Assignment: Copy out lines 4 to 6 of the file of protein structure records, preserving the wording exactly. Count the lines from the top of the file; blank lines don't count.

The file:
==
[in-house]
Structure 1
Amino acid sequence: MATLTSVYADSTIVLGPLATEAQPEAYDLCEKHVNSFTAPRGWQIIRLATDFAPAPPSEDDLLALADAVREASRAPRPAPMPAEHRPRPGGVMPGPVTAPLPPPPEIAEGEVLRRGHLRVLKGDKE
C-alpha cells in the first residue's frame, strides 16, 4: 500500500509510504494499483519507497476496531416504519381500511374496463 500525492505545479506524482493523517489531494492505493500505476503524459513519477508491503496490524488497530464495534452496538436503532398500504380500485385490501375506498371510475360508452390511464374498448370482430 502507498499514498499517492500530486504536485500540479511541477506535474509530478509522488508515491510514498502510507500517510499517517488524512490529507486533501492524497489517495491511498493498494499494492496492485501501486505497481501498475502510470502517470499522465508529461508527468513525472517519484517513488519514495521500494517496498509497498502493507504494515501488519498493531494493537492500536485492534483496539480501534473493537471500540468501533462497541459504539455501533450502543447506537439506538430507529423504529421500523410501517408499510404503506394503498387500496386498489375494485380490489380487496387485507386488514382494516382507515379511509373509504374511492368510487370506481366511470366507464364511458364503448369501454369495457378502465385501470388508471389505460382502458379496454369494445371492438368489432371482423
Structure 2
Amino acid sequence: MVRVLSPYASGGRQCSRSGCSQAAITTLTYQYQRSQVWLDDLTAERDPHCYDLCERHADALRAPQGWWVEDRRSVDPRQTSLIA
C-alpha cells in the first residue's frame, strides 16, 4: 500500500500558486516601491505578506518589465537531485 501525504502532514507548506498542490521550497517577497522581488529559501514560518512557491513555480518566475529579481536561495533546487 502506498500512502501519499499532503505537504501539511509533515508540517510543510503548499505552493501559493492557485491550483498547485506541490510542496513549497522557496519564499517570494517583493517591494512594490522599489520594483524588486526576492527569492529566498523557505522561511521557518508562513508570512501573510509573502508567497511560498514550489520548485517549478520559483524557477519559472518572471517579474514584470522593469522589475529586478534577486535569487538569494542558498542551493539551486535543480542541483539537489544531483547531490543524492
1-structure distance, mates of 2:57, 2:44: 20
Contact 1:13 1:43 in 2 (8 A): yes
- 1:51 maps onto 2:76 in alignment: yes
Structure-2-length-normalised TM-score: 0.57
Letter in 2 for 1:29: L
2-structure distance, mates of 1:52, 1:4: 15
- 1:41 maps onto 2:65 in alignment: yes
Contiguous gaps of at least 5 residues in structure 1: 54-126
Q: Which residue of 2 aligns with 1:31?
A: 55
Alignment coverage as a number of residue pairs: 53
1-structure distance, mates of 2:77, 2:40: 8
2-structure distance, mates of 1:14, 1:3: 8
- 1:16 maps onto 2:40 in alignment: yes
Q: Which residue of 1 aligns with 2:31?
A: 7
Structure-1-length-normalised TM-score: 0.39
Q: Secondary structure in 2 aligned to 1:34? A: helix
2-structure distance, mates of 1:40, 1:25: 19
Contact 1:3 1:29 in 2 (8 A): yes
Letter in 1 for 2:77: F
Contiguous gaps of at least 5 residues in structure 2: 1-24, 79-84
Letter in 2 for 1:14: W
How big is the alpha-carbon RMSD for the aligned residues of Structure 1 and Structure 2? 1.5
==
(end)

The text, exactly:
C-alpha cells in the first residue's frame, strides 16, 4: 500500500509510504494499483519507497476496531416504519381500511374496463 500525492505545479506524482493523517489531494492505493500505476503524459513519477508491503496490524488497530464495534452496538436503532398500504380500485385490501375506498371510475360508452390511464374498448370482430 502507498499514498499517492500530486504536485500540479511541477506535474509530478509522488508515491510514498502510507500517510499517517488524512490529507486533501492524497489517495491511498493498494499494492496492485501501486505497481501498475502510470502517470499522465508529461508527468513525472517519484517513488519514495521500494517496498509497498502493507504494515501488519498493531494493537492500536485492534483496539480501534473493537471500540468501533462497541459504539455501533450502543447506537439506538430507529423504529421500523410501517408499510404503506394503498387500496386498489375494485380490489380487496387485507386488514382494516382507515379511509373509504374511492368510487370506481366511470366507464364511458364503448369501454369495457378502465385501470388508471389505460382502458379496454369494445371492438368489432371482423
Structure 2
Amino acid sequence: MVRVLSPYASGGRQCSRSGCSQAAITTLTYQYQRSQVWLDDLTAERDPHCYDLCERHADALRAPQGWWVEDRRSVDPRQTSLIA